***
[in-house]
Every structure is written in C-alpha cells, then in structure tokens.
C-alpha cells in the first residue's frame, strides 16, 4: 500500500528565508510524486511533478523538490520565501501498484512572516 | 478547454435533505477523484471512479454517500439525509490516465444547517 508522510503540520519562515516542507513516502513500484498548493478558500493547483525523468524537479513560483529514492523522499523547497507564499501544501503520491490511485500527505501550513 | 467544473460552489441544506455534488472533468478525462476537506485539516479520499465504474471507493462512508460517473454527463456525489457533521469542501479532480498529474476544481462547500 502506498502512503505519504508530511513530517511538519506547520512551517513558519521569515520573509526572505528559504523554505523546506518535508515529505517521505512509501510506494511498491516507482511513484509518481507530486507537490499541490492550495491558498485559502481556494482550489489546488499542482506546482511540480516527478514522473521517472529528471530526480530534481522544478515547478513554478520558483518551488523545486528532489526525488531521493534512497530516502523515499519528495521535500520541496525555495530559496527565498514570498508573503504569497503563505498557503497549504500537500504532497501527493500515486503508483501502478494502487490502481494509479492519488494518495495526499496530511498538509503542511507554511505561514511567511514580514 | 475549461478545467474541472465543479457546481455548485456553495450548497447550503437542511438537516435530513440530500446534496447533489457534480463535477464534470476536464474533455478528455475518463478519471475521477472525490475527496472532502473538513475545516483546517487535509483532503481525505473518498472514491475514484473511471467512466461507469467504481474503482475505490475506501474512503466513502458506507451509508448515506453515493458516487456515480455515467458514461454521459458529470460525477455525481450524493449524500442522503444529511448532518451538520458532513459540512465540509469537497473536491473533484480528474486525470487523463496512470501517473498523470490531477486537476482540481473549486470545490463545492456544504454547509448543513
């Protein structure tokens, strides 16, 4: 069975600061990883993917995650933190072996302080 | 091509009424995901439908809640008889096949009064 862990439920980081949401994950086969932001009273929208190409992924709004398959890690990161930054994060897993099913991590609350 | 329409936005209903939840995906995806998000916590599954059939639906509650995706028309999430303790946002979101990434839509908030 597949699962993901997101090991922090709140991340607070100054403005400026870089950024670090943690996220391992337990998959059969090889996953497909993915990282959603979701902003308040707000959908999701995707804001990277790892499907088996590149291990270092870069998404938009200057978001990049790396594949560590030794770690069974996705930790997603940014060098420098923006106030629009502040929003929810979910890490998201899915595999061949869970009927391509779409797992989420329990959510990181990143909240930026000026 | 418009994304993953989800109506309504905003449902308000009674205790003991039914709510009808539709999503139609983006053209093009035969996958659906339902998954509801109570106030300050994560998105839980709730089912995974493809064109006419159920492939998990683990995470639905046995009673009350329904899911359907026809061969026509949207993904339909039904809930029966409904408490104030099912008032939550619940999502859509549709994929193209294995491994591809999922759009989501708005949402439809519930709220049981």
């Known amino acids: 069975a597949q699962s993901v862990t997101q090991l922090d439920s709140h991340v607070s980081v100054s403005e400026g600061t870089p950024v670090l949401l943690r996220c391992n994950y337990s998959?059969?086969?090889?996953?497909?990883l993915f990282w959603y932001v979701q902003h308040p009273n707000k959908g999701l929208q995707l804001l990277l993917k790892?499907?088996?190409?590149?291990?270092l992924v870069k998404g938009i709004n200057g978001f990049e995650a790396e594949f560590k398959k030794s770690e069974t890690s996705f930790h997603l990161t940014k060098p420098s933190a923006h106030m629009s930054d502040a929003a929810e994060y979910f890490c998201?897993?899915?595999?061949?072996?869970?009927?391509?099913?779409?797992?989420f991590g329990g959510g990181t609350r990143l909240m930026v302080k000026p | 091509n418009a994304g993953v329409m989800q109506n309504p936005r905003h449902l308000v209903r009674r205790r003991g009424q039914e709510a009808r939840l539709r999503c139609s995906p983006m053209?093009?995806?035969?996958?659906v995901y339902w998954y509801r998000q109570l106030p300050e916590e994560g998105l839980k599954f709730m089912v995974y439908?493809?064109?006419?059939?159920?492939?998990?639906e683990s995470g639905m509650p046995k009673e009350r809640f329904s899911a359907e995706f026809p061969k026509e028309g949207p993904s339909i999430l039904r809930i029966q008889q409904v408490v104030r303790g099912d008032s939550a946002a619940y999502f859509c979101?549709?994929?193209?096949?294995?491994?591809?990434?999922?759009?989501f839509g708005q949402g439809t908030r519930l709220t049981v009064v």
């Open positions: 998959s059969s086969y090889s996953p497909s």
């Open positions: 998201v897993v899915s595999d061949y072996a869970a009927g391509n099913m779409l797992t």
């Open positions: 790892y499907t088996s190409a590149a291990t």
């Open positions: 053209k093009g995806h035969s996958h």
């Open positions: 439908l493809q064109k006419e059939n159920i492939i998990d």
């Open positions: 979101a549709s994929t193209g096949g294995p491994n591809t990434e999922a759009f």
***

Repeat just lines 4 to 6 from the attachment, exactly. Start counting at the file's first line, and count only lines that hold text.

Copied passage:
């Protein structure tokens, strides 16, 4: 069975600061990883993917995650933190072996302080 | 091509009424995901439908809640008889096949009064 862990439920980081949401994950086969932001009273929208190409992924709004398959890690990161930054994060897993099913991590609350 | 329409936005209903939840995906995806998000916590599954059939639906509650995706028309999430303790946002979101990434839509908030 597949699962993901997101090991922090709140991340607070100054403005400026870089950024670090943690996220391992337990998959059969090889996953497909993915990282959603979701902003308040707000959908999701995707804001990277790892499907088996590149291990270092870069998404938009200057978001990049790396594949560590030794770690069974996705930790997603940014060098420098923006106030629009502040929003929810979910890490998201899915595999061949869970009927391509779409797992989420329990959510990181990143909240930026000026 | 418009994304993953989800109506309504905003449902308000009674205790003991039914709510009808539709999503139609983006053209093009035969996958659906339902998954509801109570106030300050994560998105839980709730089912995974493809064109006419159920492939998990683990995470639905046995009673009350329904899911359907026809061969026509949207993904339909039904809930029966409904408490104030099912008032939550619940999502859509549709994929193209294995491994591809999922759009989501708005949402439809519930709220049981």
């Known amino acids: 069975a597949q699962s993901v862990t997101q090991l922090d439920s709140h991340v607070s980081v100054s403005e400026g600061t870089p950024v670090l949401l943690r996220c391992n994950y337990s998959?059969?086969?090889?996953?497909?990883l993915f990282w959603y932001v979701q902003h308040p009273n707000k959908g999701l929208q995707l804001l990277l993917k790892?499907?088996?190409?590149?291990?270092l992924v870069k998404g938009i709004n200057g978001f990049e995650a790396e594949f560590k398959k030794s770690e069974t890690s996705f930790h997603l990161t940014k060098p420098s933190a923006h106030m629009s930054d502040a929003a929810e994060y979910f890490c998201?897993?899915?595999?061949?072996?869970?009927?391509?099913?779409?797992?989420f991590g329990g959510g990181t609350r990143l909240m930026v302080k000026p | 091509n418009a994304g993953v329409m989800q109506n309504p936005r905003h449902l308000v209903r009674r205790r003991g009424q039914e709510a009808r939840l539709r999503c139609s995906p983006m053209?093009?995806?035969?996958?659906v995901y339902w998954y509801r998000q109570l106030p300050e916590e994560g998105l839980k599954f709730m089912v995974y439908?493809?064109?006419?059939?159920?492939?998990?639906e683990s995470g639905m509650p046995k009673e009350r809640f329904s899911a359907e995706f026809p061969k026509e028309g949207p993904s339909i999430l039904r809930i029966q008889q409904v408490v104030r303790g099912d008032s939550a946002a619940y999502f859509c979101?549709?994929?193209?096949?294995?491994?591809?990434?999922?759009?989501f839509g708005q949402g439809t908030r519930l709220t049981v009064v």
């Open positions: 998959s059969s086969y090889s996953p497909s």